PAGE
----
She Who Wears the Flesh of Her Enemies has made her decree:

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MoonLaser Reviews – A Nymphoid Barbarian in Dinosaur Hell

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A Nymphoid Barbarian in Dinosaur Hell – that’s a title. This 1990 Troma production is MV5BMTYzOTA4MjY0MF5BMl5BanBnXkFtZTgwNzIxOTA3NjE@._V1_short on dialogue and plot. But it still manages to entertain.

Our nymphoid (yes, that word is made up) barbarian is the last woman on earth after a devastating nuclear war. As the opening narration tells us, she is a bit of a nympho, but this is irrelevant, as it doesn’t really come into play throughout the course of the film. The meat of the film consists of our nymphoid and a male barbarian running away from mutated reptiles, mutated ape/cave people, and run-of-the-mill scavengers. There is a loose plotline about an evil man wearing a skull-helmet, but the minimal dialogue and story development makes it difficult to discern what exactly is going on.

That said, the creature effects are kind of cool in a nostalgic way. They go less for realism in the monster designs, and more for a sort of stripped down, less imaginative Jim Henson effect. The stop-motion is fun and, honestly, it works, considering this is the film company at the forefront of the schlock film world.

Another plus for the film is that it is surprisingly well-paced–even if it goes nowhere. Often, these sorts of low budget movies get bogged down in bad dialogue, attempting to fill in story, where the budget may be too low to allow aspects of the story to play out on screen. The problem with this approach is that the dialogue is usually terrible. In this case, they go straight for action. As with any Troma production, the creators know they are not creating A-list blockbusters. They know what they’re going for–outrageous fun at the complete and total expense of integrity, artistic value, and taste.

And I love every bit of it.

 

She Who Wears the Flesh of Her Enemies has made her decree:

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MoonLaser Reviews – Manborg

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manborg-edmiston-poster-thumb-630xauto-34392Manborg is one of those movies I’ll watch because I’m curious to see how the creators could have possibly pulled it off. I go in with a healthy skepticism; but, deep down, I’m hoping they did it right.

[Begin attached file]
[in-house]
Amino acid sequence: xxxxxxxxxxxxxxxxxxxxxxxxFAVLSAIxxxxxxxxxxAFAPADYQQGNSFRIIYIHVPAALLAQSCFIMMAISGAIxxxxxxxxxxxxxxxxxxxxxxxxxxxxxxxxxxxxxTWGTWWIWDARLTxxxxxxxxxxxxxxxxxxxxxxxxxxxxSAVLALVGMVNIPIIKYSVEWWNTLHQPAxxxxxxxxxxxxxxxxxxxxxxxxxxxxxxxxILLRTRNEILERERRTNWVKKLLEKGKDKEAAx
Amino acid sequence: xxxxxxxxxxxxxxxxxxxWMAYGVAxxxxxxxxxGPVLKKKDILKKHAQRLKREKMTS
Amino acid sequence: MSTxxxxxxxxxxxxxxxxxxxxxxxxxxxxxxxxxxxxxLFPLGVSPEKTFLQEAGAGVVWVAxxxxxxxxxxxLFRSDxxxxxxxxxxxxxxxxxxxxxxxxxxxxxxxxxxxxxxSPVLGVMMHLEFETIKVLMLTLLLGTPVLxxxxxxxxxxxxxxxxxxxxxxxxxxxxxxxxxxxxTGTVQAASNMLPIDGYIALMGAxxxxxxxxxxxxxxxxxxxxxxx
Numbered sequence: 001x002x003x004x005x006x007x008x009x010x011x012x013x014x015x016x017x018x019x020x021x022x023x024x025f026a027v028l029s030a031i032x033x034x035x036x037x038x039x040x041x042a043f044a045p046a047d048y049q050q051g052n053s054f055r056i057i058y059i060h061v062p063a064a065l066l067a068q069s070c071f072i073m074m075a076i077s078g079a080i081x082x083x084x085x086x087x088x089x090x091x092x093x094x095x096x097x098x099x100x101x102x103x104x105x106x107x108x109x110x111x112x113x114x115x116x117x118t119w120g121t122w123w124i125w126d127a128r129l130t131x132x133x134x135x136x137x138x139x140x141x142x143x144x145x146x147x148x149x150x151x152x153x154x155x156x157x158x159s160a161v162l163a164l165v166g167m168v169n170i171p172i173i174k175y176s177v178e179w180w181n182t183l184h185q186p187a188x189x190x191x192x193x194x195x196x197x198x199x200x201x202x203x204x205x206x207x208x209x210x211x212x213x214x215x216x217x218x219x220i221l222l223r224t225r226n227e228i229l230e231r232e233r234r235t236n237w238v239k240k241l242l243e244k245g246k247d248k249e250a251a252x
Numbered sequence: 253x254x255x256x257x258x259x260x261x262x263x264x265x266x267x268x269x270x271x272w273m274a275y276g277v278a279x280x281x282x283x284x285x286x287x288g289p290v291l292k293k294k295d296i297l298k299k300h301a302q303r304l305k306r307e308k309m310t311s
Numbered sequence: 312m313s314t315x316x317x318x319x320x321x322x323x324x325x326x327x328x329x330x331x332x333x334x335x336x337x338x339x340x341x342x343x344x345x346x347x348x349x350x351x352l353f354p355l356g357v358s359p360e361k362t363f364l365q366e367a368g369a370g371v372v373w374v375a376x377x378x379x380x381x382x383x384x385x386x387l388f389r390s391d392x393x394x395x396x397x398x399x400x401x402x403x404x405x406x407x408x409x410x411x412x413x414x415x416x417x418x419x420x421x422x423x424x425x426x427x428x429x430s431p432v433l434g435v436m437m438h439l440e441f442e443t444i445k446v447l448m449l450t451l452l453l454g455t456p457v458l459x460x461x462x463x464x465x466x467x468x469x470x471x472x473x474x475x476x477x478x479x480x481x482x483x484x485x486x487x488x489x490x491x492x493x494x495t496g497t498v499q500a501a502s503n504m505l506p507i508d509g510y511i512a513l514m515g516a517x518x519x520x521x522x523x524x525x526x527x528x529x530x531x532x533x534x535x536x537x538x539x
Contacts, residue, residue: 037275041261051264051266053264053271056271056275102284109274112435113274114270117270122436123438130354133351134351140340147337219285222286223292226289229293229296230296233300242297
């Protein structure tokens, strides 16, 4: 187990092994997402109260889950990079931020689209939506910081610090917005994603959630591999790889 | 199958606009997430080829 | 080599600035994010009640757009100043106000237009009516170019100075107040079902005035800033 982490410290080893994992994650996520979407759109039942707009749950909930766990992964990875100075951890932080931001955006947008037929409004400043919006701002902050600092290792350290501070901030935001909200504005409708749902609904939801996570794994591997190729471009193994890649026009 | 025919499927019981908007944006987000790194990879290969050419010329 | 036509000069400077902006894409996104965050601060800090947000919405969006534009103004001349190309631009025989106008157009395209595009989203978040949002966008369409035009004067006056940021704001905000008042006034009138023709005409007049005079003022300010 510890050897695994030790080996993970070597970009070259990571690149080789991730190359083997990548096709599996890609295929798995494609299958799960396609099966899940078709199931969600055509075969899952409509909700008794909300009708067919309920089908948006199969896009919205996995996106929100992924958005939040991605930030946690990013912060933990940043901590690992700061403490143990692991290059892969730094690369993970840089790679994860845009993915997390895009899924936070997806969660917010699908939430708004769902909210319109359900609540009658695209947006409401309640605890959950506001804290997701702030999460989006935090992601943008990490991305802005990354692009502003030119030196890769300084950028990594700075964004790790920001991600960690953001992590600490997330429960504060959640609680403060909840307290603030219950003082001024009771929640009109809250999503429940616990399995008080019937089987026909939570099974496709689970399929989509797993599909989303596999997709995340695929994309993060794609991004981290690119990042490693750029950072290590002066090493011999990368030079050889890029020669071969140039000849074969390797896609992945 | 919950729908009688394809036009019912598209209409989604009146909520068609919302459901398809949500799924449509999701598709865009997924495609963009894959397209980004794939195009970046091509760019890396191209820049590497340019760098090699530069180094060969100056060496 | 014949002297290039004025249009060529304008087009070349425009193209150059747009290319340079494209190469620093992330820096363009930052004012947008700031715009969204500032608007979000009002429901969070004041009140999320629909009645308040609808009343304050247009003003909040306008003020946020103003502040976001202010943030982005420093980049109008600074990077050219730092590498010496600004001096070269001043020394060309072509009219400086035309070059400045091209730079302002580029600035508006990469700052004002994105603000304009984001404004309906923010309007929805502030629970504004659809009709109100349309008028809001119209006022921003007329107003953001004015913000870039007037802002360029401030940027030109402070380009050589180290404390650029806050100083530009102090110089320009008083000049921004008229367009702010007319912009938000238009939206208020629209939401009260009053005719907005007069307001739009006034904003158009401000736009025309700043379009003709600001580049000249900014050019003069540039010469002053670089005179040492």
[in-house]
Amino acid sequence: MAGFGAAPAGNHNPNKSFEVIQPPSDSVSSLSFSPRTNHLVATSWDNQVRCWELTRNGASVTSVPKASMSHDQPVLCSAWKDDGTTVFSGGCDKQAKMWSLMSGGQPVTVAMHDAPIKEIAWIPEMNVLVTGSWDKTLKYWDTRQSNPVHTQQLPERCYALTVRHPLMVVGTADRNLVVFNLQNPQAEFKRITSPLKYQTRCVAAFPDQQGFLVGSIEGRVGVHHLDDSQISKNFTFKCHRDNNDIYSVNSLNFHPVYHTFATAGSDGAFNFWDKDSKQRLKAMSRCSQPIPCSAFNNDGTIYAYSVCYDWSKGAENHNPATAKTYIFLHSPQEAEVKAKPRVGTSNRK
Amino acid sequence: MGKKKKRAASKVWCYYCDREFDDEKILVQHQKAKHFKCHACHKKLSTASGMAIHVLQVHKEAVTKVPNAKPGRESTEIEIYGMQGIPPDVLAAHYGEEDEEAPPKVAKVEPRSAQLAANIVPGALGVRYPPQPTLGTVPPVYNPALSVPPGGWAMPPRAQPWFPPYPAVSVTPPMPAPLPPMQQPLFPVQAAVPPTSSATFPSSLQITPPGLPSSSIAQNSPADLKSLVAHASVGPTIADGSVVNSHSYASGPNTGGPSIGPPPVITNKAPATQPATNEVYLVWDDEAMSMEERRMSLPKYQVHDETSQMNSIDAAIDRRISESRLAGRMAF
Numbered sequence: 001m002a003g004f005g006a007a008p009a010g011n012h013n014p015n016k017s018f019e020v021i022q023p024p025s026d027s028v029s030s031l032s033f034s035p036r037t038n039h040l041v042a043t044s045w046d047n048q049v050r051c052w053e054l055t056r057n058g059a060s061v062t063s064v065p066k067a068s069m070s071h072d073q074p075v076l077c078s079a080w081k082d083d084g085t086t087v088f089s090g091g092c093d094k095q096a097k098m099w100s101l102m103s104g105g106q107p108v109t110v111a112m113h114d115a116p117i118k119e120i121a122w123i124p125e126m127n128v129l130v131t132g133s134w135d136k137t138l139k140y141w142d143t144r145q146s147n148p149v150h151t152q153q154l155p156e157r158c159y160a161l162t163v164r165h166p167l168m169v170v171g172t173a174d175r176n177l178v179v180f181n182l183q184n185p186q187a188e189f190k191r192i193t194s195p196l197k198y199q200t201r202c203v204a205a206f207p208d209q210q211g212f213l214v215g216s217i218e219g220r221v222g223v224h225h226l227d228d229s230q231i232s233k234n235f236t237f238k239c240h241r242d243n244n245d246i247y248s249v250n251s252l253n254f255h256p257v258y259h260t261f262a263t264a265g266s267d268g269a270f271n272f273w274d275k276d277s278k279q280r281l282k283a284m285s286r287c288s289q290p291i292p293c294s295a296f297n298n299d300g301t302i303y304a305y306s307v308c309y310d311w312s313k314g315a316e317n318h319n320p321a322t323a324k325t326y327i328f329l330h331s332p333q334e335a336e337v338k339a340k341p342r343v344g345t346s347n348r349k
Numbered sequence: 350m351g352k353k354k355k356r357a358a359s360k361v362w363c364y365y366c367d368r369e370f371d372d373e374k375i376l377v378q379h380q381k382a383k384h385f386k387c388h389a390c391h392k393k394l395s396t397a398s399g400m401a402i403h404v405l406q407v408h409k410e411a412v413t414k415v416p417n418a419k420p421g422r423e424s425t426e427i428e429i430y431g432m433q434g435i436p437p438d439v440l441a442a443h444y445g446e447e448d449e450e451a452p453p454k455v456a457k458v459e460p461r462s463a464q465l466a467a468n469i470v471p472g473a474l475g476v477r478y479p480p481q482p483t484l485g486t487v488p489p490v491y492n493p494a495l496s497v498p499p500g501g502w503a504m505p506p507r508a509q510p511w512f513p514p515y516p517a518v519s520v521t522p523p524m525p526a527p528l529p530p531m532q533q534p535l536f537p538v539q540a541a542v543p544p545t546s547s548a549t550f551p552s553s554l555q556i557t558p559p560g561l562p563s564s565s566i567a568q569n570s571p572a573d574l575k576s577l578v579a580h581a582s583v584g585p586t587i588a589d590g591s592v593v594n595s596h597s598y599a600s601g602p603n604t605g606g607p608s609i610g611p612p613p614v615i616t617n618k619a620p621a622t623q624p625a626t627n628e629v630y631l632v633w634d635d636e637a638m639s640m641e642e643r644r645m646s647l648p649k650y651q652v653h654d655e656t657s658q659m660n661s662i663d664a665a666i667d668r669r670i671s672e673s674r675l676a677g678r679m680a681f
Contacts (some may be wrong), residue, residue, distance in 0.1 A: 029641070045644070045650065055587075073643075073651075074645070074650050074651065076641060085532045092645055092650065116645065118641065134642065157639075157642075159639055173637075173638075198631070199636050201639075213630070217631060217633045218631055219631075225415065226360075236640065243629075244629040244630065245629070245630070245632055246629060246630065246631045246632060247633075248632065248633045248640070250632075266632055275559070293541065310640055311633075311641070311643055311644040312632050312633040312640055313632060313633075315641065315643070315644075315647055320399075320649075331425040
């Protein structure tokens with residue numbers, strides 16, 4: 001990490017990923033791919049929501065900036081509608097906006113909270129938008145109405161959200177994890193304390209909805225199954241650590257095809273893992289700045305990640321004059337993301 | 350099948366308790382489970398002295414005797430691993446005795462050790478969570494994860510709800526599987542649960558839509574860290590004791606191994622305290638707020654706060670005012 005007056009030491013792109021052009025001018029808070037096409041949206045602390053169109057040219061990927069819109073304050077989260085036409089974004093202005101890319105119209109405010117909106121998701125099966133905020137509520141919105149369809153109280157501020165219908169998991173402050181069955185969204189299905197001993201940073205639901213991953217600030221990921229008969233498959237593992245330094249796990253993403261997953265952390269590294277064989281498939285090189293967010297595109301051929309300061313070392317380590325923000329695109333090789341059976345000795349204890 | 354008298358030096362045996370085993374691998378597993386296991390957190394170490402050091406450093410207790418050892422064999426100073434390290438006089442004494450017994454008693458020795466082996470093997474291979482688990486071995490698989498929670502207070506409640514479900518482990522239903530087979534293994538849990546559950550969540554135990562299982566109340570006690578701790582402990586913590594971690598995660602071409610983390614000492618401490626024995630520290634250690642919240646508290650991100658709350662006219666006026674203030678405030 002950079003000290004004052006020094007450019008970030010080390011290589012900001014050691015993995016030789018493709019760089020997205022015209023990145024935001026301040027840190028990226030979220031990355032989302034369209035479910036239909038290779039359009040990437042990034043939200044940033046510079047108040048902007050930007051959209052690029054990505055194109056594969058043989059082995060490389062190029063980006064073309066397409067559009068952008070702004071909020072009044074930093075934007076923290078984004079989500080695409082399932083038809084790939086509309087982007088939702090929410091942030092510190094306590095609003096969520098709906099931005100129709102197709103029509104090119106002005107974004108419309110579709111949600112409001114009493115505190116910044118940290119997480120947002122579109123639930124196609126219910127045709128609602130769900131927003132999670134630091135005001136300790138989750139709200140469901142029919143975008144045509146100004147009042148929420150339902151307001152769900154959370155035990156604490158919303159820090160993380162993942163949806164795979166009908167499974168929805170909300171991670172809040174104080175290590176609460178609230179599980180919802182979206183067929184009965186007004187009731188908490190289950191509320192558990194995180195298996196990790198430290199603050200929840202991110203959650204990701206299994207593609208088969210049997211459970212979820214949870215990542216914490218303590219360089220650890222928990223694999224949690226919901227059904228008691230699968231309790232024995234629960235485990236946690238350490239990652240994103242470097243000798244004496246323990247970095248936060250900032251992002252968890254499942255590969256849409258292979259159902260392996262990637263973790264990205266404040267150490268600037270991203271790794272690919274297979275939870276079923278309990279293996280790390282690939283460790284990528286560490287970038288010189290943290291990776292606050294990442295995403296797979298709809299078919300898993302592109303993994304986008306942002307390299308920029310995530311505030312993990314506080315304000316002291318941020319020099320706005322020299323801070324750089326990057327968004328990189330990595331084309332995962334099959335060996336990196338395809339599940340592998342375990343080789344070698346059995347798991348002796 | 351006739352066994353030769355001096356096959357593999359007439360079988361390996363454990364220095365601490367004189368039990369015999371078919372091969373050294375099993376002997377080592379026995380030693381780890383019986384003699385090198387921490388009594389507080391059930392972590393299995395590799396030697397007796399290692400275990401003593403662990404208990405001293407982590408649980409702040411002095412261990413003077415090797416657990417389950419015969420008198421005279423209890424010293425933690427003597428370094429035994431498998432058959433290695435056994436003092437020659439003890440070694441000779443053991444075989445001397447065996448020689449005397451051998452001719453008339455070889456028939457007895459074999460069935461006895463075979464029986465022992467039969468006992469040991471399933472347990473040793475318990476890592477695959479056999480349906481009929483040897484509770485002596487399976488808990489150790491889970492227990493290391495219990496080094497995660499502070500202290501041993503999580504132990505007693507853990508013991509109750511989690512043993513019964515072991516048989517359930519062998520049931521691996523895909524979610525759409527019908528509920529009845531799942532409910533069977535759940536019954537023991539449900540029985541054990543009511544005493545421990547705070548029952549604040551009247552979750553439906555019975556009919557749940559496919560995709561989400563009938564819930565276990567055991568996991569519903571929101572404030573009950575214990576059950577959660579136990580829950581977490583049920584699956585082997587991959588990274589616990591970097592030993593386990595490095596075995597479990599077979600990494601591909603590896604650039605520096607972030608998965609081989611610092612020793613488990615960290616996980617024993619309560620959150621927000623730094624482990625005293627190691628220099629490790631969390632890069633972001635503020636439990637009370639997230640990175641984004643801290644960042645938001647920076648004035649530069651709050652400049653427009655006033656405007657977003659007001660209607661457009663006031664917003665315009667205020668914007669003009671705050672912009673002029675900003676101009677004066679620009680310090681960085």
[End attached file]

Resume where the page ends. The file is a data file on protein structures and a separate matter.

How do you do right by a movie that posits an alternate history in which there was a war between mankind and an army of vampires led by count Dracula (Sorry–Draculon) himself? I’m no authority on the subject–no one is–but I would say director, Stephen Kostansky, and writer, Jeremy Gillespie, came pretty close with this one.

The plot goes like this: a soldier is killed during a world war with Draculon and his army of vampires. He is brought back to life as a cyborg long after the war has ended, the vampires having won, and the world is a dystopian wasteland. Only one man can overthrow the Nazi-esque vampire regime and restore some semblance of peace on Earth…Manborg. He’ll team up with a motley crew of adventurers and save the millennium.

A few things stood out for me about this one. The apparent lack of a budget forced the producers to get creative with the battle sequences and the development of the dystopian world. This makes for an aesthetic that’s more interesting than overwrought. The world Manborg moves through is an almost impressionistic representation of a future dystopia. The cinematography is thick with smoke and fire, shadows and rent metal. The film’s actually kind of beautiful in that way, I think.

I also appreciated Manborg’s gradual realization of his abilities. He doesn’t wake up and begin kicking ass right off the bat. He slowly learns the various functionalities of his new body, and he grapples, lightly, with the existential questions that come from waking up decades into the future as a half robot half man. He’s not overly confident or cool, either. He’s actually fairly dorky, which lends him a certain vulnerability. He’s clumsy, uncertain, and despairing, which leaves him room to grow over the course of the film.

Those were the aspects of the film I liked. One problem I had with the film was the overly ironic treatment of some, if not all, of the characters. It’s obvious from the start the creators are aware they’re not making a grade-a blockbuster here. This movie is meant to be cheesy fun, and they pull it off. But Manborg’s friends in the film are caricatures of various staple character types, which is fine in itself; but they never stray far from their established molds. You have a poorly dubbed martial arts master, a greaser, and the tough chick. While Manborg comes across as vulnerable and possibly inept at first, only to rise to the occasion over the course of the film, his friends pretty much stay the same, and seem to serve no purpose other than to spew clichés and poke fun at the archetypes they represent.